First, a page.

Cancer Types - Colon Cancer

Colon cancer is also called colorectal cancer. In the United States, colorectal cancer is the fourth-most common cancer in men, after skin, prostate and lung cancer. It is also the fourth-most common cancer in women, after skin, lung and breast cancer.

Symptoms

Common symptoms of colorectal cancer include:

  • A change in bowel habits
  • Diarrhea, constipation or feeling that the bowel does not empty completely
  • Blood (either bright red or very dark) in the stool
  • Stools that are narrower than usual
  • General abdominal discomfort (frequent gas pains, bloating, fullness, and/or cramps)
  • Unexplained weight loss
  • Constant tiredness
  • Nausea and vomiting

    Most often, these symptoms are not due to cancer. Other health problems can cause the same symptoms. Anyone with these symptoms should see a doctor so that any problem can be diagnosed and treated as early as possible.

Screening

Colon cancer diagnosis involves the use of screening tools. Screening for cancer before a person has symptoms can help the doctor find polyps or cancer early. Finding and removing polyps may prevent colorectal cancer. Also, treatment for colorectal cancer is more likely to be effective when the disease is found early.

To find polyps or early colorectal cancer:

  • People in their 50s and older should be screened.
  • People who are at higher-than-average risk of colorectal cancer should talk with their doctor about whether to have screening tests before age 50, what tests to have, the benefits and risks of each test, and how often to schedule appointments.

Colon CancerThe following screening tests are used to detect polyps, cancer or other abnormalities in the colon and rectum. The doctor can explain more about each test:

  • Fecal occult blood test: Sometimes cancers or polyps bleed, and the FOBT can detect tiny amounts of blood in the stool. If this test detects blood, other tests are needed to find the source of the blood. Benign conditions (such as hemorrhoids) also can cause blood in the stool.
  • Sigmoidoscopy: The doctor checks inside the rectum and lower (sigmoid) colon with a lighted tube called a sigmoidoscope. If polyps are found, the doctor removes them.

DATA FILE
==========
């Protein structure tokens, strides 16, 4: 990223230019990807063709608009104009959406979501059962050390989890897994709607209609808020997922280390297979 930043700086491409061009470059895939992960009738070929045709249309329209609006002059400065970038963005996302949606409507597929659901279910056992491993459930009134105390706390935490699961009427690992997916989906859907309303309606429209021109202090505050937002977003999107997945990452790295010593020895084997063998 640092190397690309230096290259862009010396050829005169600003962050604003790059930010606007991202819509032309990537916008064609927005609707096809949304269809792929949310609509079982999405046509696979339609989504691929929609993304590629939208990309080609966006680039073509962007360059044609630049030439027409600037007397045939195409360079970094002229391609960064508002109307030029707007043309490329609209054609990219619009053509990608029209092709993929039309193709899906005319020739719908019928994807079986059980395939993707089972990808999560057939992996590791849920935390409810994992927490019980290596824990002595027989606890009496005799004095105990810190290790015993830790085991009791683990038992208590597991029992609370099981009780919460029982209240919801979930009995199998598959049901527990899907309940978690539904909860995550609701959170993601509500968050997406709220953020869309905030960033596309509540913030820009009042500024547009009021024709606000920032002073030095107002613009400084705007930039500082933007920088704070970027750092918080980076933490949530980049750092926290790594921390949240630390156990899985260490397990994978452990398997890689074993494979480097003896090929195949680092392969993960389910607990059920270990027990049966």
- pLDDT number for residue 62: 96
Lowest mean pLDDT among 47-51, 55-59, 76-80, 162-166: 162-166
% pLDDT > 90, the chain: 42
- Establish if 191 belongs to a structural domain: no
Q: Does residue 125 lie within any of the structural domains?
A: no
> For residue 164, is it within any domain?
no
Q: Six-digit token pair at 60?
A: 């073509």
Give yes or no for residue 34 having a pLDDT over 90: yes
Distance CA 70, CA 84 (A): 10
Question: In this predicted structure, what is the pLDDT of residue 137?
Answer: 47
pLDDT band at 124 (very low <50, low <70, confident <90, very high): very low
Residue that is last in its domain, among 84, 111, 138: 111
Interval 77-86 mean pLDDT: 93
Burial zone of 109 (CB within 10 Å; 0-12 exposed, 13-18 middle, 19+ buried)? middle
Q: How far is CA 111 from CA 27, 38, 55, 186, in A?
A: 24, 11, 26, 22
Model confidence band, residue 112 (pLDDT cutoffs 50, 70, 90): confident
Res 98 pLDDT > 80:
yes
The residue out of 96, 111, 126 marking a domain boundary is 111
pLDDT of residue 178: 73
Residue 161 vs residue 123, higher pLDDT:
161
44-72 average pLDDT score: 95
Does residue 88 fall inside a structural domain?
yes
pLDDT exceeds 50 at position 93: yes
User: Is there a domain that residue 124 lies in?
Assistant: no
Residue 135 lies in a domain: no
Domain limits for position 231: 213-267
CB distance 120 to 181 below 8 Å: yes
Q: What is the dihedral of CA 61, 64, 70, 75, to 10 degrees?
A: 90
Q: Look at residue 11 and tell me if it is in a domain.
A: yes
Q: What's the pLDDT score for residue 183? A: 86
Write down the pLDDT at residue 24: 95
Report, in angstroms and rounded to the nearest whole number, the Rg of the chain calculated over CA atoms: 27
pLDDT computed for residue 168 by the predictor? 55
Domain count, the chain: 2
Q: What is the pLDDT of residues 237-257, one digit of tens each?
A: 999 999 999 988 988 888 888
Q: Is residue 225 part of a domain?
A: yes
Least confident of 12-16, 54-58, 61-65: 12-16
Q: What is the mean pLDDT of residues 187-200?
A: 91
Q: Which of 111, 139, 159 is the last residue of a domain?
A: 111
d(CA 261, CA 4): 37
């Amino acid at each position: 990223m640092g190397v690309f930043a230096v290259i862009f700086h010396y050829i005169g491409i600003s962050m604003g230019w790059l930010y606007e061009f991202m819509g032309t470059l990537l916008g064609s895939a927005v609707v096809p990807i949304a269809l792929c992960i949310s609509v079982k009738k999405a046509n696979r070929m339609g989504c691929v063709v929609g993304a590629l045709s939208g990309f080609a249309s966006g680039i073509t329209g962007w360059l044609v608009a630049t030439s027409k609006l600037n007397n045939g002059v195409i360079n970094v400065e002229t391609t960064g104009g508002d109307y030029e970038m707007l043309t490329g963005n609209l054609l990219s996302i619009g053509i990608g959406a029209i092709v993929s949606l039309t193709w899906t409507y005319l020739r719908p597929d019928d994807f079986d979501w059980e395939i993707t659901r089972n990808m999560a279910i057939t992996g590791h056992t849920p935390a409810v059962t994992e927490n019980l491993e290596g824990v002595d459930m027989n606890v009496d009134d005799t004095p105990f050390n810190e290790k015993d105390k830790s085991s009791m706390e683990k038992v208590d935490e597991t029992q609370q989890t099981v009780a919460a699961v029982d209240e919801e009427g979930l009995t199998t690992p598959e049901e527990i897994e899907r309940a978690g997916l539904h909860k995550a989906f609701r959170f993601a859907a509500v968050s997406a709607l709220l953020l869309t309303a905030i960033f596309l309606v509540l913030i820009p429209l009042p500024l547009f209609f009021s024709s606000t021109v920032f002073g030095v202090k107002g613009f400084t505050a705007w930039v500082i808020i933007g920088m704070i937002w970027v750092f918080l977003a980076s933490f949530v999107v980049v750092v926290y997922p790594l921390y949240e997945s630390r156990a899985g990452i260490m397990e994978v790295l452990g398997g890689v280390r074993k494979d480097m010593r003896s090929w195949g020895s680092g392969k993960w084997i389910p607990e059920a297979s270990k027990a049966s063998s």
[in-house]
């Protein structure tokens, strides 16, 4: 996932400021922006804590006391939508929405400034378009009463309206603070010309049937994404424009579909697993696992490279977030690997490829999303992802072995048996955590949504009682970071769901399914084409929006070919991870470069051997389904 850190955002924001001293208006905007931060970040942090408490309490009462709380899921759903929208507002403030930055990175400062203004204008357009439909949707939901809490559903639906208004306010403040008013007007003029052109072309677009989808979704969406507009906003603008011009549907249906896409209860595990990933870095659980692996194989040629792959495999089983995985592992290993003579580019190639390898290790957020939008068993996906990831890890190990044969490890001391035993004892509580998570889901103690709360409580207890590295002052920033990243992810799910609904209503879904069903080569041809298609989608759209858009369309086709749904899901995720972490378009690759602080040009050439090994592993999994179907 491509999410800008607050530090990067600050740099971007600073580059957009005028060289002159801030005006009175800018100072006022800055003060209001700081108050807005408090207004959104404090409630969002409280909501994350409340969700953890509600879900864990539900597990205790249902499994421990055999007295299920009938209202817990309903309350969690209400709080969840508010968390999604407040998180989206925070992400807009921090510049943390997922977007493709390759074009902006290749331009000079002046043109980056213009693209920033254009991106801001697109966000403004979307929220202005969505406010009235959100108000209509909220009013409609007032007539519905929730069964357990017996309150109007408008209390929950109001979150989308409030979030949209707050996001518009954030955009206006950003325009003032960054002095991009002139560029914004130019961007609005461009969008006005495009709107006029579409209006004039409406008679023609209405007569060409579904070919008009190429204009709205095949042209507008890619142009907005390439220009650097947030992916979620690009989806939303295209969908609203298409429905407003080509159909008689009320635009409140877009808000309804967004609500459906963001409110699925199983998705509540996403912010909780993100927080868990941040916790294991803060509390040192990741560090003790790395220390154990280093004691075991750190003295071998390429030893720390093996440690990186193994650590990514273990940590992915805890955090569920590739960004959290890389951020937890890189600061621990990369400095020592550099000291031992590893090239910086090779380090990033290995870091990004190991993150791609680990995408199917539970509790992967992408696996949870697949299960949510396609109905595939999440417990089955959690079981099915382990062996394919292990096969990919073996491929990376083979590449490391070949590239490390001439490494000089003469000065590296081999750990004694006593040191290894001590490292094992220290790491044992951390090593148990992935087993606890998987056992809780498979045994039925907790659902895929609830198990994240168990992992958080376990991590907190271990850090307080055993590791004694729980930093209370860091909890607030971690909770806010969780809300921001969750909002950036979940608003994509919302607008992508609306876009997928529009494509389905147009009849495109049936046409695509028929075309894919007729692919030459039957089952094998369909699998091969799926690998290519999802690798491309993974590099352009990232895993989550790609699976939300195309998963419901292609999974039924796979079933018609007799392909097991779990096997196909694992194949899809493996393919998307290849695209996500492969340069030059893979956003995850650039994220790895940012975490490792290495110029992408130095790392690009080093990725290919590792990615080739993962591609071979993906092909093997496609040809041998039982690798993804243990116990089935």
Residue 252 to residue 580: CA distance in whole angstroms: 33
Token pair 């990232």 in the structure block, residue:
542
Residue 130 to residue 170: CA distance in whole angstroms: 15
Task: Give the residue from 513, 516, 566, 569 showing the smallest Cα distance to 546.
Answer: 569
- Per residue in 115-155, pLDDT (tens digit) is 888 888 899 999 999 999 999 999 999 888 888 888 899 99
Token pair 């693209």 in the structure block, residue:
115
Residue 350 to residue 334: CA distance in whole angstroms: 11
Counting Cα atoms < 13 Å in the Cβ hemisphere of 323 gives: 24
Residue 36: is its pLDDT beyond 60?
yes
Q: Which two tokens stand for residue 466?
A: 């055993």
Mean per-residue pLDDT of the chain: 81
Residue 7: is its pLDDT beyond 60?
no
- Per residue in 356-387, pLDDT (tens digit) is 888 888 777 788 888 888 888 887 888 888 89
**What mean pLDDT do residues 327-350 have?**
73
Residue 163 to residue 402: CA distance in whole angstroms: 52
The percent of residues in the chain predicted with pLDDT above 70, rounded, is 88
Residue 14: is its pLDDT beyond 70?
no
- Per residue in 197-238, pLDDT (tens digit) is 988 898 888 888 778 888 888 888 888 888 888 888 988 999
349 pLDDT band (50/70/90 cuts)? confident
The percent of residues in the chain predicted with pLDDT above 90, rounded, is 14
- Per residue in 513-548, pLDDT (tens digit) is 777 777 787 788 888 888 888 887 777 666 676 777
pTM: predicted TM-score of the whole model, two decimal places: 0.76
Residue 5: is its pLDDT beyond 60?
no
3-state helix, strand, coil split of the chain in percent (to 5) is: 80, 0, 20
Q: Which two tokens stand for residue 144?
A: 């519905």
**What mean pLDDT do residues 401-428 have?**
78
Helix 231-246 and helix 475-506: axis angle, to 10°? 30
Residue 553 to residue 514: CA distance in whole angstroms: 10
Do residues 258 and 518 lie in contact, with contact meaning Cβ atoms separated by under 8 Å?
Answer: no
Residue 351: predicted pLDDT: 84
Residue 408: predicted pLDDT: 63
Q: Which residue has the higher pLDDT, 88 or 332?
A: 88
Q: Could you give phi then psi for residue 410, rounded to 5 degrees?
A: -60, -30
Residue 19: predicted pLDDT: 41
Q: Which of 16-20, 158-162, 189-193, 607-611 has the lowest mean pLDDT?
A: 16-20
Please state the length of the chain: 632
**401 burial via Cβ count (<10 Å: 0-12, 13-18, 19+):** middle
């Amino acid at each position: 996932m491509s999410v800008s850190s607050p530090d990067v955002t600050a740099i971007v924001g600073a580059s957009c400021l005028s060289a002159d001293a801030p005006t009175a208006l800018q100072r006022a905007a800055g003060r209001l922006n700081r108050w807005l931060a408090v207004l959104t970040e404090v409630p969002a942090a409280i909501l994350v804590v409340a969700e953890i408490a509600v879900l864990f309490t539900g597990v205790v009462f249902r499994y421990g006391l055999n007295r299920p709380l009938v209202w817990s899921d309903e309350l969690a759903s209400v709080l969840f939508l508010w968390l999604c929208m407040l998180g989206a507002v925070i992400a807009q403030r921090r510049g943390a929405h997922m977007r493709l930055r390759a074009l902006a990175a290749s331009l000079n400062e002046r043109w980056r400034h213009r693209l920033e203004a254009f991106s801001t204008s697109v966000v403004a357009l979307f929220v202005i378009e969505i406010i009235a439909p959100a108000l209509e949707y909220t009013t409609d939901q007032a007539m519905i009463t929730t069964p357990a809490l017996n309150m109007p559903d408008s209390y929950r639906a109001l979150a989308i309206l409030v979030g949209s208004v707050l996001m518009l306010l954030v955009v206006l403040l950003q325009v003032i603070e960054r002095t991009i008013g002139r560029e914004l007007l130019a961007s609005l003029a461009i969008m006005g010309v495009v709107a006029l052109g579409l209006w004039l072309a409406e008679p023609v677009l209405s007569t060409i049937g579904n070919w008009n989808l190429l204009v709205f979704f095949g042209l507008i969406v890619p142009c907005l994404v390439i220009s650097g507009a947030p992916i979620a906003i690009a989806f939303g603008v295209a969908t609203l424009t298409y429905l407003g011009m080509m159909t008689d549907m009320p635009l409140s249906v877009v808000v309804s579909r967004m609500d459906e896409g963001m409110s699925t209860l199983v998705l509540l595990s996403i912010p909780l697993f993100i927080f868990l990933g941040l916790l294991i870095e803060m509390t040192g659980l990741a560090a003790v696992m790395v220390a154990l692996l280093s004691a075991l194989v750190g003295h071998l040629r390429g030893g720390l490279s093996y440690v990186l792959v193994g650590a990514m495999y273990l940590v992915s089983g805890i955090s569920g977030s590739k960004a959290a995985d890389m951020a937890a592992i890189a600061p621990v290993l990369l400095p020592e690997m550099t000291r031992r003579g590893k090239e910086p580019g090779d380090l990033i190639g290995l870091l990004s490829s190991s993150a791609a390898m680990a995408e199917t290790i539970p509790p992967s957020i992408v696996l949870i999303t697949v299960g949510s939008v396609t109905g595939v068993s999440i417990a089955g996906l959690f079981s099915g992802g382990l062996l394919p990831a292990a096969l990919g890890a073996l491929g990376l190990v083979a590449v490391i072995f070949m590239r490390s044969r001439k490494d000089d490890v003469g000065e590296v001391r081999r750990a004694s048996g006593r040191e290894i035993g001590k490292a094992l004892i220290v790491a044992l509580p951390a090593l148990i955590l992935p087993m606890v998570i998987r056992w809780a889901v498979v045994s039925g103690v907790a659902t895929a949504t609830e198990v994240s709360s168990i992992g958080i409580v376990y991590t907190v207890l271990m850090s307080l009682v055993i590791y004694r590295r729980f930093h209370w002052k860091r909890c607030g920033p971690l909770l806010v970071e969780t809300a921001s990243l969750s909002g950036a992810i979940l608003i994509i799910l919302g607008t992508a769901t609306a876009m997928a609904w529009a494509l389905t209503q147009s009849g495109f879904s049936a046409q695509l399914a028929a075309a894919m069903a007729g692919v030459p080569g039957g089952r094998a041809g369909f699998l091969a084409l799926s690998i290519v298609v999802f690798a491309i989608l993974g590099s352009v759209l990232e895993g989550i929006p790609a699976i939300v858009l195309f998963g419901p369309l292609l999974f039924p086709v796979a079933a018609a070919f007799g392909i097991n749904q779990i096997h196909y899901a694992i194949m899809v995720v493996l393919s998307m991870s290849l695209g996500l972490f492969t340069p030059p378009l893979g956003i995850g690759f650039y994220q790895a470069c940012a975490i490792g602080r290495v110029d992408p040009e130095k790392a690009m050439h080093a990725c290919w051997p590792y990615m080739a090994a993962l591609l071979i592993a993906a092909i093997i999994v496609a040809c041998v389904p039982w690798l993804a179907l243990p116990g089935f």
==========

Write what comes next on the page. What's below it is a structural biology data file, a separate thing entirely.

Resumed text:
• Colonoscopy: The doctor examines inside the rectum and entire colon using a long, lighted tube. The doctor removes polyps that may be found.
  • Double-contrast barium enema: A DCBE is a series of X-rays of the colon and rectum. The patient is given an enema with a barium solution, and air is pumped into the rectum. The barium and air outline the colon and rectum on the X-rays. Polyps may show up on the X-ray.
  • Digital rectal exam: A rectal exam is often part of a routine physical examination. The doctor or nurse inserts a lubricated, gloved finger into the rectum to feel for abnormal areas in the lower part of the rectum.

Diagnosis

If tests show an abnormal area (such as a polyp), a biopsy to check for cancer cells may be necessary. Often, the abnormal tissue can be removed during a colonoscopy or sigmoidoscopy. A pathologist checks the tissue for cancer cells using a microscope.

Treatment

Treatment depends on a number of factors, including the type of cancer; the size, location and extent of the tumor; and the general health of the patient. Many different treatments and combinations of treatments may be used to control colon cancer, and/or to improve quality of life by reducing symptoms.

Surgery
Surgery is an operation to remove the cancer. The type of surgery a doctor performs depends on the location of the tumor. Some tumors can be removed with a colonoscope. Others may require an incision in the abdomen. If a section of the colon or rectum is removed, the surgeon can usually reconnect the healthy parts. However, sometimes reconnection is not possible. In this case, the surgeon creates a new path for waste to leave the body.

Chemotherapy
Chemotherapy uses drugs to stop the growth of cancer cells, either by killing the cells or by stopping the cells from dividing. The way the chemotherapy is given depends on the type and stage of the cancer being treated. The Medical Oncology/Hematology Division at Sinai directs the chemotherapy program at LifeBridge Health.

Radiation therapy
Radiation therapy uses high-energy X-rays or other types of radiation to kill cancer cells. The Department of Radiation Oncology at Sinai Hospital provides the most advanced radiotherapy for many cancers.


Clinical trials

Clinical trials are research studies conducted with people who volunteer to take part. The study examines questions and tries to find better ways to prevent, screen for, diagnose or treat a disease. People who take part in cancer clinical trials receive up-to-date care from experts.

For trials that are currently available to colon cancer patients, click here.


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